121 reputation
7
bio website
location Israel
age 35
visits member for 2 years, 1 month
seen Jun 1 at 6:16

Security specialist with a focus on cryptography (mainly the applicative side of things), cryptanalysis, software protection, software obfuscation, device security.


Sep
24
awarded  Autobiographer
Sep
21
awarded  Commentator
Sep
21
comment How to plot the distribution of a ciphertext?
If you're using python, I'd recommend using matplotlib's pcolor function to display a colored 2D matrix showing the values in the digraph (dibyte) histogram/distribution.
Sep
20
revised Design criteria for AES
small wording and typo fix
Sep
20
comment Design criteria for AES
Agreed. This is why I started with that definition but then later on moved to the Linear Property (LP) of the S-Box. Even if a function is not linear (in your definition too) it can still be "almost linear" (high LP value) and what would be bad.
Sep
20
answered Design criteria for AES
Sep
17
comment Encryption scheme with equivalent keys?
The very existence of equivalent keys is not a secret in this envisioned scheme. It's deriving new additional keys or "merging" equivalent keys to produce new ones that should be difficult/impossible to an attacker. The problem to be solved, basically, and without dragging you all into too much detail, is within the realm of Conditional Access or DRM systems, where different users need to decrypt the same content (encrypted once for all of them), but using keys that are traceable back to them. As noted above, broadcast encryption schemes can handle this in some settings.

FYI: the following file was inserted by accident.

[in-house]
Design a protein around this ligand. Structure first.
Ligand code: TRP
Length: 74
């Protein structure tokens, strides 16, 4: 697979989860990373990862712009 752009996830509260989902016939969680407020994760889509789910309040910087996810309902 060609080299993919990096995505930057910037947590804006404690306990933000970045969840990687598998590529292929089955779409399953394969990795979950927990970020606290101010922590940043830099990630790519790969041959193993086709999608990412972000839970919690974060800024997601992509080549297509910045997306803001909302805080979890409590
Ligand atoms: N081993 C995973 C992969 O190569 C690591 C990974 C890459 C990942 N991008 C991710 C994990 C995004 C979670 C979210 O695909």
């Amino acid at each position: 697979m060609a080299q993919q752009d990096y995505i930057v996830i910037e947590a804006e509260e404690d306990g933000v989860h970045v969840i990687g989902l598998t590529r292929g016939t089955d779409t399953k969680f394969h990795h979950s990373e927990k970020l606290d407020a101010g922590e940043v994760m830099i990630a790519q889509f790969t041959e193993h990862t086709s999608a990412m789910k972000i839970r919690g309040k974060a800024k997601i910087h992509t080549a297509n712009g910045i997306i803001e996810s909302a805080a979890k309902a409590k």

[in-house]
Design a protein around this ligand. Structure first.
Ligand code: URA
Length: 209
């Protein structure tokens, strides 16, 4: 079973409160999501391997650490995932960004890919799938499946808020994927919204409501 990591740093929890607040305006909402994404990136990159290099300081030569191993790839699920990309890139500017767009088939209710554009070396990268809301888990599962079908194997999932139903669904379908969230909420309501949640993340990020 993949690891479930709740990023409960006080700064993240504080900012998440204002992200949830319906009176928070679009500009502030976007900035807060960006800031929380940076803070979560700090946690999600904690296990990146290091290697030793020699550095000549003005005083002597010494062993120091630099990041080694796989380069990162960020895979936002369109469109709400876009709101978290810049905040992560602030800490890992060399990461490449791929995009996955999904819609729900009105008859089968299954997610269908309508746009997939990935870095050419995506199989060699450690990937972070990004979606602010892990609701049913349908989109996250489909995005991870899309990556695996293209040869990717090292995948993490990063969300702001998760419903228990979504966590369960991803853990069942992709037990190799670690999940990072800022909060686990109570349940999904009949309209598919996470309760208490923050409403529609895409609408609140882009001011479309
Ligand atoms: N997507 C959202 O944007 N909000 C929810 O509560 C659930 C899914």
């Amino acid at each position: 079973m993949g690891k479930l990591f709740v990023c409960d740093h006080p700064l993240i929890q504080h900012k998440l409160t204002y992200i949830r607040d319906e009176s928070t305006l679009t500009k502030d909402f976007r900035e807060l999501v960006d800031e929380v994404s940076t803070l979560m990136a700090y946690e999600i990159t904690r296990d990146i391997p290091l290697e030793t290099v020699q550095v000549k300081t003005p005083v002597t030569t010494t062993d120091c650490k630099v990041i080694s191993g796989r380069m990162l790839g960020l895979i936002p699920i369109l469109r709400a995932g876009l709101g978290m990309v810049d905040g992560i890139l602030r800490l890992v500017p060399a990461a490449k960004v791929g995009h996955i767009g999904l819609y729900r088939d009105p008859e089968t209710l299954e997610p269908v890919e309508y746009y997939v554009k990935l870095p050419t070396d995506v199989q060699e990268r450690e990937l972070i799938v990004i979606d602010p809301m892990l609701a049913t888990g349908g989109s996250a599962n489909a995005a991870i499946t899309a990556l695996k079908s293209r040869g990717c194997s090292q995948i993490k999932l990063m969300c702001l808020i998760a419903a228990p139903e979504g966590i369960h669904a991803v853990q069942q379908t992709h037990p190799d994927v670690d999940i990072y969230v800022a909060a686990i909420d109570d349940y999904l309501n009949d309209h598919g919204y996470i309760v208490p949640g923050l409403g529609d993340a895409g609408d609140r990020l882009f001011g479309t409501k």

Sep
16
comment Encryption scheme with equivalent keys?
Thanks, but schemes based on broadcast encryption key distribution are another matter, and have their own practical considerations. I was still wondering if schemes/algorithms based "simply" on equivalent keys, as I defined, are possibles. Maybe the answer is negative.
Sep
15
comment Encryption scheme with equivalent keys?
Thanks - I'll have to think deeper about your answer, but for now, this is why I want requirement 5: if this were some scheme where equivalent keys were handed out, one to each user/customer, and these were leaked, then they could be traced. But if there's such an intermediate value, this kind of traitor tracing property is lost. In your example, if such a traitor leaked the 128 bits used as the AES key, it wouldn't be traceable to him.
Sep
15
awarded  Student
Sep
15
revised Encryption scheme with equivalent keys?
deleted 2 characters in body
Sep
15
asked Encryption scheme with equivalent keys?
Sep
15
awarded  Analytical
Sep
14
awarded  Teacher
Sep
14
answered Why RSA can't handle numbers above 76?
Sep
14
awarded  Editor
Sep
14
comment How to decrypt AES in CBC
@Paulo, I edited my answer above with text from the comment that seemed to satisfy angelo. I hope that's better now.
Sep
14
revised How to decrypt AES in CBC
added 439 characters in body
Sep
11
awarded  Supporter
Sep
11
comment How to decrypt AES in CBC
AES is too complex for you to do with pen and paper (well, it could in theory be done but really it's not for the faint of heart). Whoever gave you this task wasn't expecting you to do the AES block cipher itself using pen and paper.